Role: Project lead and Infographic designer
Client: USAID-Child Survival and Health Grants Program (CSHGP)
Since 1985, USAID’s Child Survival and Health Grants Program (CSHGP) has invested in a strategic partnership model to support initiatives which accelerate reductions in maternal, newborn, and child mortality at the community, national and global levels in priority countries. Over its 32 year history CSHGP program (which closed in 2017)  achieved many health milestones while impacting over 221 million beneficiaries across 65 countries. The program deployed $658 million USD in funding, $206 million of which was contributed by outside partners. The program also built upon a robust set of data to measure and evaluate its impact. 
This project looked to translate this body of data into a compelling infographic that effectively communicates the reach and impact of the CSHGP program. We brought a human-centered design approach to this challenge to ensure that the final design met the needs of key users and influencers in the global health community. This approach, outlined in detail below, focused on working with end users to create an infographic that is both useful and easy to understand.
To garner a foundational understanding of CSGHP and its impacted stakeholders, the project began with interviews of the CSGHP team and potential users within the global health community to better understand the type of visual narrative that would be both consumable and useful to this technical audience. Similar infographics were studied and vetted for their simplicity, usefulness, and visual savvy. This initial desk research helped to support a more formal and iterative user research and concepting phase.
To fully understand the intended goals and external uses for this infographic, visual research was expanded outside of the primary infographic space, surveying a broad range of examples of data visualizations and long-form narratives which conveyed the longitudinal impact of programs and interventions. Comparable visuals were compiled and then mapped these models to the raw data to ensure a good fit. After several iterative sessions the following list of optical components was decided upon:
- Map (to represent geographic coverage)
- Continuum of Care (to represent health lifecycle coverage)
- Program Timeline (to represent key milestones and events)
- Pyramid (to represent coverage across the health system hierarchy)
- Icons (to represent beneficiary mix)
- Bar graph (to represent intervention priorities)
This initial list led to the creation of a mood board of comparable visual examples (e.g. maps, timelines) that were vetted prior to concepting. For each of the six elements above, 4-5 visuals were identified as references and solicited client input before beginning to build out the individual components of the infographic with real data from CSGHP.
Many stakeholders were involved throughout the sketching and design process, providing relevant feedback on the concepts as they emerged. I focused on one component at a time, using low-fidelity wireframes to first gather client feedback on wording, hierarchy, and usefulness before adding the final graphic polish. At the same time, the design began concepting and sketching a visual architecture for the combined infographic to ensure that the narrative and information hierarchy was succinct. As each component was finalized they were then integrated into the larger infographic to ensure a satisfying and balanced visual result.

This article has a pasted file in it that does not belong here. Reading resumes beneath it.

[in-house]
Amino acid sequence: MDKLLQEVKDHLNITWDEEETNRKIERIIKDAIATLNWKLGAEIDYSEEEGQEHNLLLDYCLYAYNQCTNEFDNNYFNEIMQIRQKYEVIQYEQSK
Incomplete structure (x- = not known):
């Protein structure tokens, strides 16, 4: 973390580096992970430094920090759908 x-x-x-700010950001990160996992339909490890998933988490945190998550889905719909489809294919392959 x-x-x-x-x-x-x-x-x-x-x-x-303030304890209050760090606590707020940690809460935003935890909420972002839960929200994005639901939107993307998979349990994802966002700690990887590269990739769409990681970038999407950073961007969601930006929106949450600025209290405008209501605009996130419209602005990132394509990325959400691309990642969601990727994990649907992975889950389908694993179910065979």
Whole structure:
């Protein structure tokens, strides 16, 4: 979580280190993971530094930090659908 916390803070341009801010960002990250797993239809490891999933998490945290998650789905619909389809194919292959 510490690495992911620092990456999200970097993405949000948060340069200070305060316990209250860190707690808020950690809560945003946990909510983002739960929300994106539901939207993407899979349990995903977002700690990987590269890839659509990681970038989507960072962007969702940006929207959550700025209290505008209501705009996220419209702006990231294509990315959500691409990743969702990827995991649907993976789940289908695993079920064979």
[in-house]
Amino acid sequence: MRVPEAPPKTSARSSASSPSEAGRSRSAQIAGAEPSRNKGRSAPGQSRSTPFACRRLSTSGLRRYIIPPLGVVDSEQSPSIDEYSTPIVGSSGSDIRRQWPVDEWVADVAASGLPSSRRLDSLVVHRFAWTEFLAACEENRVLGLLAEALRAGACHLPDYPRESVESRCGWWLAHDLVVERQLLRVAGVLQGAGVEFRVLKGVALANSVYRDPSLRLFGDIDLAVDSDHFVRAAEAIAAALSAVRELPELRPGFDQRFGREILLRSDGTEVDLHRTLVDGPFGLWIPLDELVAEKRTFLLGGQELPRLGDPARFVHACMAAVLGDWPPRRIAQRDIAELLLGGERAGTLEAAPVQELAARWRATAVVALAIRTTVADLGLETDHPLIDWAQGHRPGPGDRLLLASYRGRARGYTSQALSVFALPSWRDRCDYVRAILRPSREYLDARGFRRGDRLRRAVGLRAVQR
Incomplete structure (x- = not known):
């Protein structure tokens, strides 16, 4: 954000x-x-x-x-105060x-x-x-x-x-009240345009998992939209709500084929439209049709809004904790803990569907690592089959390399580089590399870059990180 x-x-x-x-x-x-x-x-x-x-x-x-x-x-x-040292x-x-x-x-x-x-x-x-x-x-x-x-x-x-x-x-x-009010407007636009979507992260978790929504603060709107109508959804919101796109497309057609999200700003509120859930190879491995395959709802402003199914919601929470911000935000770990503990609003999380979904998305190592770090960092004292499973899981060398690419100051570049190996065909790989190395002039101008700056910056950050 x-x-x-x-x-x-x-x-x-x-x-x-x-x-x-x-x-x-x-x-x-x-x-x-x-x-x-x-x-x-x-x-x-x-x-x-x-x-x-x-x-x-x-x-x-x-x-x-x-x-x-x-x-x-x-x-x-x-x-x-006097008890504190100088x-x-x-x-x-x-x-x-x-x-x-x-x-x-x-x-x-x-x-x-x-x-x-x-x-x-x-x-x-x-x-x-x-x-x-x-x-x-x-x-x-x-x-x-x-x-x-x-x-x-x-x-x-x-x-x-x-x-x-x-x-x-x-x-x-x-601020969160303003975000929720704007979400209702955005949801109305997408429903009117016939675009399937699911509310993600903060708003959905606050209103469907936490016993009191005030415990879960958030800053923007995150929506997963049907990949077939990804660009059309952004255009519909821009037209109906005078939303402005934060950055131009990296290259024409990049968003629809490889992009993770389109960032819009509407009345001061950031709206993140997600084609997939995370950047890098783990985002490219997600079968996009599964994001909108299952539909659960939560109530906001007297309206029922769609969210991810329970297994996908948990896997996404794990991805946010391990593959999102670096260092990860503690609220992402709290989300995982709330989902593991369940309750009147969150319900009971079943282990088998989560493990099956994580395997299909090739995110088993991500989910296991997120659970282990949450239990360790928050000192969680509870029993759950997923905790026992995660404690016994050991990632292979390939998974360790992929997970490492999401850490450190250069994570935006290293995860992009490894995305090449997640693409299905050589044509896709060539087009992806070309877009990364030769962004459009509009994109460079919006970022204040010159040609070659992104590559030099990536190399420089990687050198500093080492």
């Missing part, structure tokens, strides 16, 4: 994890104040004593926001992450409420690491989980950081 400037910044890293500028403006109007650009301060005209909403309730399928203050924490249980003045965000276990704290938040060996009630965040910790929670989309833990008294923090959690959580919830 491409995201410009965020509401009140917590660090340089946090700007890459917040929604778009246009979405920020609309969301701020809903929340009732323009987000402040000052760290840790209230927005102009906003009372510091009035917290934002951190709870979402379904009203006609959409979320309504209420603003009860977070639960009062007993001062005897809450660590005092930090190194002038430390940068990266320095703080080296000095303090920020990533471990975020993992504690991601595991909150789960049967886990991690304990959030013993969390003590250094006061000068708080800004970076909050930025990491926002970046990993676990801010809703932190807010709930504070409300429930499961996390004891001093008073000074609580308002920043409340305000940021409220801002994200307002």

The final visual execution brings together many layers of information into a satisfying and meaningful whole. Each component was built using real data provided by the CSGHP to ensure that it communicates accurately and effectively to the intended audience, as follows:

1. Map showcases the geographic coverage of the program in 65 countries, beneficiaries reached, and investments made. This concept overlays overall beneficiary data, onto the background funding data. The beneficiary data is represented by bubble size and color to provide a clear visualization of the correlation between beneficiaries impacted vs. dollars invested at a country level.
2. Beneficiary data is visualized to further convey its human impact on mothers and children over thirty years. Data was aggregated relative to mothers and children and represented them in icons. This provided additional insights into the human impacts of the program at a beneficiary level.
3. Investment matching is  represented in a pie chart format. This communicates the strong engagement of the CSHGP program partners and the correlation of USAID financing and PVO matches across 65 countries for 3 decades.
4. Continuum of Care is used as a visual spine and represented in a bar chart to show changes in the intervention coverage from baseline to endline at each life stage across the 30 years of the program. Color was used to highlight the increase in coverage for each indicator across the continuum and provide a precise picture of the impact of the program from a standard baseline.
5. Program Timeline is used to represent the three-decade journey of the CSHGP program. The timeline communicates the scope and impact of the program over time as a strong visual frame to bring together different milestones and datasets. The top layer is devoted to the USAID and globals development milestones and the bottom layer to the CSHG specific milestones.
6.Training is represented as a pyramid chart, with the data mapped to different levels of the health system, from national Ministries of Health down to the community level. This demonstrates the strength of the program, with its ability to touch each of these levels, as well as the strong emphasis on impact at the community level. This visual hierarchy is represented through color and total number of individuals trained as an emphasis of the program.

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